As for the economic structure, besides reaffirming the strategy of building both the manufacturing and services sectors as the twin engines of the economy, CSC also suggested capitalizing on the existing hub services (e.g. financial services, international trading, transport and logistics, exhibition management and tourism) where Singapore had already achieved international repute to develop new high-growth hub services (e.g. healthcare, education, media, communications and information technology (IT) services, e-commerce and direct marketing).
In addition, the negative impacts of the regional crisis demonstrated the need for Singapore to incorporate a global dimension in its effort to nurture an external wing. To achieve this, Singapore needed to have its own world-class companies (WCCs) with core competencies that could enable them to compete effectively in the global market. In that regard, many government-linked companies (GLCs) were dynamic enough by then to be even leaders within their industries not only in Singapore but also regionally and were good candidates to be developed into WCCs.
In addition, the CSC report also recommended that Singapore should also continue to develop a world class workforce by adopting a dual approach - maximising the potential of the domestic workforce while enhancing the attractiveness of Singapore to foreign talent.
In 1999, PSB introduced its first ten-year plan, Productivity Action 21, with the aim to sustain TFP growth and make Singapore one of the world's 10 most productive countries in both manufacturing and services sectors.
As for the small and medium enterprises (SMEs), the CSC stressed that they needed to be strengthened so that they could become more productive. In 1999, for example, even though SMEs employed 51.7% of the labour force, their total value-add to the overall economy was only 30.4%. Another ten-year plan, SME 21, was formulated in January 2000 with the aim to create vibrant and resilient small and medium-sized enterprises in the new economy.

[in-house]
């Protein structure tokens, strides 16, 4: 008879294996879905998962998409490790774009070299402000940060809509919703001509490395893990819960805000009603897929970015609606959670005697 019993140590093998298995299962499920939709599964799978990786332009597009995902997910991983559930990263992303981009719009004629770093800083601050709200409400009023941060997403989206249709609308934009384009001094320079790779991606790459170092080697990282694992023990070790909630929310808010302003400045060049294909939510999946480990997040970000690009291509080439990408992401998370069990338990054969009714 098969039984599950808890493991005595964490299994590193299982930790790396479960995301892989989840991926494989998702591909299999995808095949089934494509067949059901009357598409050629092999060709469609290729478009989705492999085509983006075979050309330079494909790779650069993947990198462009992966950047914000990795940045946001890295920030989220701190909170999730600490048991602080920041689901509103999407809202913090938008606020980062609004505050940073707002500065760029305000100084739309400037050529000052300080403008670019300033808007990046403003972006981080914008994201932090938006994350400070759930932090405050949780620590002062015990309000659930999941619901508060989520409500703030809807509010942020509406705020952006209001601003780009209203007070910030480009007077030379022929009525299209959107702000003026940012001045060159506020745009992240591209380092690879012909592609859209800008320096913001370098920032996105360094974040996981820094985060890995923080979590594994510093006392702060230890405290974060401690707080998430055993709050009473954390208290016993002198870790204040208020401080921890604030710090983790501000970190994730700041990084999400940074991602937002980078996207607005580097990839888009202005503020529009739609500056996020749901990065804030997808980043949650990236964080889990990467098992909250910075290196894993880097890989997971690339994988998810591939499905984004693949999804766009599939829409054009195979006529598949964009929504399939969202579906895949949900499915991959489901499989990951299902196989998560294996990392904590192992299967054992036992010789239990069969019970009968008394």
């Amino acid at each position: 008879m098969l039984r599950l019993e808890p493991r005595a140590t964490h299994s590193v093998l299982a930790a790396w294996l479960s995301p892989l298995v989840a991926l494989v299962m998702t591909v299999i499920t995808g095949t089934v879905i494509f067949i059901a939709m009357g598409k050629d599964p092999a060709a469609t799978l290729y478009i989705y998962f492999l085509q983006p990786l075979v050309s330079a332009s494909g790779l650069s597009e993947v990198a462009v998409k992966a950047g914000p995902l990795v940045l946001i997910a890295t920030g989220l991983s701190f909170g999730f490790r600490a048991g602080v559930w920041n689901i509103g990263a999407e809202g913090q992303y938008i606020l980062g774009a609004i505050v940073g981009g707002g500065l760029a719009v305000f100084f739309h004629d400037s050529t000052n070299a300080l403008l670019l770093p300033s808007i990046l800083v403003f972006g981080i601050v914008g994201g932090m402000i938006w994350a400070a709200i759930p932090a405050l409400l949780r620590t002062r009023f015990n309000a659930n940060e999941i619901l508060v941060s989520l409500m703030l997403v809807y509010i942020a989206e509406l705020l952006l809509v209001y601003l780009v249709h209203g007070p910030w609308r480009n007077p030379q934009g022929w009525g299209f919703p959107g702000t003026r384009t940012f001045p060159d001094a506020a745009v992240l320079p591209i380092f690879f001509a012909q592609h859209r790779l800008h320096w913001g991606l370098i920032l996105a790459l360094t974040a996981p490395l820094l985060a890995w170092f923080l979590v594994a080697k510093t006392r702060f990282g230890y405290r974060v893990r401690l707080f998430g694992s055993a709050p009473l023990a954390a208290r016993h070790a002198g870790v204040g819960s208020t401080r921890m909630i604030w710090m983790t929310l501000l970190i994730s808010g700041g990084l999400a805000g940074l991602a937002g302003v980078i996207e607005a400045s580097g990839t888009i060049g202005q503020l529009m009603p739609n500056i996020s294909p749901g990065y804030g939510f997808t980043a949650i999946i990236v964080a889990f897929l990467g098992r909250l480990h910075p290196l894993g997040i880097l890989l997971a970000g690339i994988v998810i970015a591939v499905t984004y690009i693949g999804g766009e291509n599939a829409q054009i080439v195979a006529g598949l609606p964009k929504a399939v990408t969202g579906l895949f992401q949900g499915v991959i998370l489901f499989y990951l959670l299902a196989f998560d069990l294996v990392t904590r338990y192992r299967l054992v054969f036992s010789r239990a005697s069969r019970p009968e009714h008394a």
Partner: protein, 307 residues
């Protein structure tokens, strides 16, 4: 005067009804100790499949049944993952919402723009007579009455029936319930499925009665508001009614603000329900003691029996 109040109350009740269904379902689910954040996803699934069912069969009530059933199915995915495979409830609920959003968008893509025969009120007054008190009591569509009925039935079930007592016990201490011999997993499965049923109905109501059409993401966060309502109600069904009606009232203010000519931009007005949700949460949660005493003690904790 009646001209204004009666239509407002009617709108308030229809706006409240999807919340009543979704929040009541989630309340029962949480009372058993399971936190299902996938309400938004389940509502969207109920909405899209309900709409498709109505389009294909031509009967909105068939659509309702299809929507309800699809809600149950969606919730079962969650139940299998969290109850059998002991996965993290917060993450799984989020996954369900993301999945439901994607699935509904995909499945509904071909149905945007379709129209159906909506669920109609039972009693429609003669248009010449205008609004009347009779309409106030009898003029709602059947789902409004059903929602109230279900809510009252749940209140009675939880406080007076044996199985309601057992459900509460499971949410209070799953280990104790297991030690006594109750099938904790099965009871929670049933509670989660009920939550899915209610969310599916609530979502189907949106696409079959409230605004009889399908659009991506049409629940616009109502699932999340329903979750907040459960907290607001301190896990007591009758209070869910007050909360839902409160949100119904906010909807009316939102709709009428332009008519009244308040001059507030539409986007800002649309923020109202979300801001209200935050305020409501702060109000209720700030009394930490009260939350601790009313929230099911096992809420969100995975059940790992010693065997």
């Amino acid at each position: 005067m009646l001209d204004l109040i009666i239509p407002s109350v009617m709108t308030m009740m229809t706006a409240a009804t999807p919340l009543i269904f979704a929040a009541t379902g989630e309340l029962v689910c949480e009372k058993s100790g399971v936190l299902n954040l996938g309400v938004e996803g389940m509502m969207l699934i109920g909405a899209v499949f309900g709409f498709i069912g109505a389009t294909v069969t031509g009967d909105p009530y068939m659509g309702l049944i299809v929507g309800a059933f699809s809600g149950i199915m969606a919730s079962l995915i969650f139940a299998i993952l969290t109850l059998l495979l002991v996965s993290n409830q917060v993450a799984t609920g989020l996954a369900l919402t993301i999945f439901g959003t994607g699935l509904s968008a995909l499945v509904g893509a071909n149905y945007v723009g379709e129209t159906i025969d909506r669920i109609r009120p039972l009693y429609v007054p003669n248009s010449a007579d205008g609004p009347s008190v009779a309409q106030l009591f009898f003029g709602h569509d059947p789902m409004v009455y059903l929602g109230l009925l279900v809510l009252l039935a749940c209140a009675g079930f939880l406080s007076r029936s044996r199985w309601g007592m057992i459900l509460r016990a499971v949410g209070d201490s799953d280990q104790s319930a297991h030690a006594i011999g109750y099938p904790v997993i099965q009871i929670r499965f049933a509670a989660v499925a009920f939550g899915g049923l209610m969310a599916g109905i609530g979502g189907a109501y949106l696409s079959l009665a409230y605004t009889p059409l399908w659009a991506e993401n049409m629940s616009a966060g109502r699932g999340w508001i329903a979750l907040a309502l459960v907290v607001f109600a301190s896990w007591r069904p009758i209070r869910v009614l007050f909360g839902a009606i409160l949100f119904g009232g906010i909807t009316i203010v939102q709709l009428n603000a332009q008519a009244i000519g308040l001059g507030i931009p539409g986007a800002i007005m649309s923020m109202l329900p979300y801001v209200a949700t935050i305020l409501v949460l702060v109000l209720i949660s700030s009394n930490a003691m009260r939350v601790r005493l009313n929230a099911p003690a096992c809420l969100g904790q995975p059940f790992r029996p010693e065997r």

5. Singapore’s Third Recession in 2001 & the Recovery
Moving into the new century, just as the regional economy was recovering from the Asian Financial crisis, a series of shocks again rattled the Singapore economy. In 2000, the NASDAQ dot-com bubble reached its peak and by 2001 was deflating at full speed. On September 11 the same year, airplanes hijacked by terrorists collapsed the Twin Towers of the World Trade Centre in New York City. In 2003, the combination of bird flu and the Severe Acute Respiratory Syndrome (SARS) near-pandemic outbreak severely affected regional economies. In March the same year, the U.S. launched its war against terrorism and also invaded Iraq.
Against the strong headwind, Singapore experienced its third recession since independence with its GDP declining by 2.4% in 2001. Given its strong fundamentals, however, the economy recovered the following year, as external environment improved, to register 4.2% growth but slowed again to 3.1% in 2003.
Global demand, though, was beginning to pick up strongly in 2003. As MNCs increased their investments in Singapore, the city state again was faced with the problem of labour shortages. Policymakers were faced with the dilemma of letting the economy grow beyond its potential by bringing in more foreign workers and dealing with the problem of over-reliance on imported labour later or turning away those investments and grow at a slower and more comfortable pace. In the end, policymakers chose what has been termed as the “growth at all costs” strategy and allowed the influx of more foreign labour.
In effect, policymakers sought to ride on the recovery of the global demand by pushing out the economy's aggregate supply curve through importing more foreign labour and talent. The strategy had the benefit of allowing the economy to diversify quickly into new industries by importing skills sets which Singapore lacked and at the same time keeping costs competitiveness and suppressing inflationary pressure. Between 2004 and 2007, the economy grew an average of 8% in real term, in comparison to the average of 5.7% chalked up by its other NIE peers.
Next: 02 Rising Inequality due to Emergence of Two-Speed Dual-Track Economy
 See Rodan (1989).
 See Soon and Tan. (1993)
 See Hon, Sui-Sen. (1973).
 See Singapore Department of Statistics. (2008).
 See Goh, Chok Tong. (1980).
 See Tselichtchev, Ivan and Debroux, Philippe. (2009).
 See Economic Committee (1986).
 See Krause, L. B. (1987). For example, in 1989, labour costs on Batam Island, Indonesia were only 25 per cent of those in Singapore on average. See Kumar and Lee. (1991).
 See Economic Committee (1986)
 See Singapore Department of Statistics (2008)
 See Ministry of Trade and Industry. (1991).
 See Tselichtchev, Ivan and Debroux, Philippe. (2009).
 See Singapore Department of Statistics. www.singstat.gov.sg
 See PSB Annual Report 1999/2000, Chairman’s Statement.